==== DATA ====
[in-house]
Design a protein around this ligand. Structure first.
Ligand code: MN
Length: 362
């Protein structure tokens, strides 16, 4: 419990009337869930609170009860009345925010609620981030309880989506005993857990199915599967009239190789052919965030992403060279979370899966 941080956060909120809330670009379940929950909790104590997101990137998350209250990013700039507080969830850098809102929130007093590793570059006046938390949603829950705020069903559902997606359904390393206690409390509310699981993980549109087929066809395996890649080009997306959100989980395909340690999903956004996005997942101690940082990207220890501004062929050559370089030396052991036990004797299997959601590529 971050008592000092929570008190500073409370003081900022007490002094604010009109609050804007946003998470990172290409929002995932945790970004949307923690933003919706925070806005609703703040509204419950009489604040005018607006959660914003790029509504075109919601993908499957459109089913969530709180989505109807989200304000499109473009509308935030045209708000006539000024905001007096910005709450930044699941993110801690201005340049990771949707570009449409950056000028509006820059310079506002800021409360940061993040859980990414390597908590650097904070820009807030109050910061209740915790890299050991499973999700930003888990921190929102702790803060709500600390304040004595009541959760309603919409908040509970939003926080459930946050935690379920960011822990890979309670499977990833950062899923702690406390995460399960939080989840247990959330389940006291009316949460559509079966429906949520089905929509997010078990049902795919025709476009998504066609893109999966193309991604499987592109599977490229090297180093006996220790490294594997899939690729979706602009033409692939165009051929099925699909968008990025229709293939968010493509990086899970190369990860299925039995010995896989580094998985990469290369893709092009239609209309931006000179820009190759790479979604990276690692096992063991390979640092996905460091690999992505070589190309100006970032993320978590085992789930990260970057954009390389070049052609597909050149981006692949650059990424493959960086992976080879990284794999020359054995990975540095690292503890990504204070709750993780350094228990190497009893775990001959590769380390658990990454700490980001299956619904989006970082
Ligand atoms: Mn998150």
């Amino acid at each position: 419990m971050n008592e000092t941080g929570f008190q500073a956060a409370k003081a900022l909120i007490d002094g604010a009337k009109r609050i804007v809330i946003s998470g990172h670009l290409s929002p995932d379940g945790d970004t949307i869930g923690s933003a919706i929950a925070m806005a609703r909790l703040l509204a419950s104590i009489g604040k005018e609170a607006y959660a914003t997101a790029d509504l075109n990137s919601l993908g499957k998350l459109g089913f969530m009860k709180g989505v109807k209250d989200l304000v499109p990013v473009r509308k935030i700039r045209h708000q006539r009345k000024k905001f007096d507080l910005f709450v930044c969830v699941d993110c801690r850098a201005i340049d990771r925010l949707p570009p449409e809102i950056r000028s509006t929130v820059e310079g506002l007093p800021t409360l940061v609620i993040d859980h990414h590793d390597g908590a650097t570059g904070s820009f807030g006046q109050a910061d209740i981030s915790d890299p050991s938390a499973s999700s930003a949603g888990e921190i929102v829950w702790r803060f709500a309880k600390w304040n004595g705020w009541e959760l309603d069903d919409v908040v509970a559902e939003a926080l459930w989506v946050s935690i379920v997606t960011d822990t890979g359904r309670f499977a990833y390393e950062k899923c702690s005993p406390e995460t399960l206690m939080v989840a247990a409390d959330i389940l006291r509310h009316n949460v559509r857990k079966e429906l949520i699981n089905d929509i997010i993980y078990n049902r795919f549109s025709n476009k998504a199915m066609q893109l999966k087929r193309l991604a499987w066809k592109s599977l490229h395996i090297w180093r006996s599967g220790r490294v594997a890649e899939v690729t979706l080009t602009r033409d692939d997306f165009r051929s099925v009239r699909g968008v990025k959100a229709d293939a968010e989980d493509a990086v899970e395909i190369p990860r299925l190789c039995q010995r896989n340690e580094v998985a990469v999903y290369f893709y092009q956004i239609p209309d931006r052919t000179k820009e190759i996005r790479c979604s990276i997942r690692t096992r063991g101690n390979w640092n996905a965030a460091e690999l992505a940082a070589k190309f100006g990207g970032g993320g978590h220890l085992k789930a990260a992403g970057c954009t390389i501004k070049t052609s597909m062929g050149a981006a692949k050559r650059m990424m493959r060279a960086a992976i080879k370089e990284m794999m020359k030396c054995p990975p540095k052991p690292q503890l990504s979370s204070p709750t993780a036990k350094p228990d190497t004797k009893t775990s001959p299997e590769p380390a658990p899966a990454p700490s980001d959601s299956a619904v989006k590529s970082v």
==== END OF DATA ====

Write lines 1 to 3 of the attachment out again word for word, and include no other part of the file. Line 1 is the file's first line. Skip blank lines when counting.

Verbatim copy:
[in-house]
Design a protein around this ligand. Structure first.
Ligand code: MN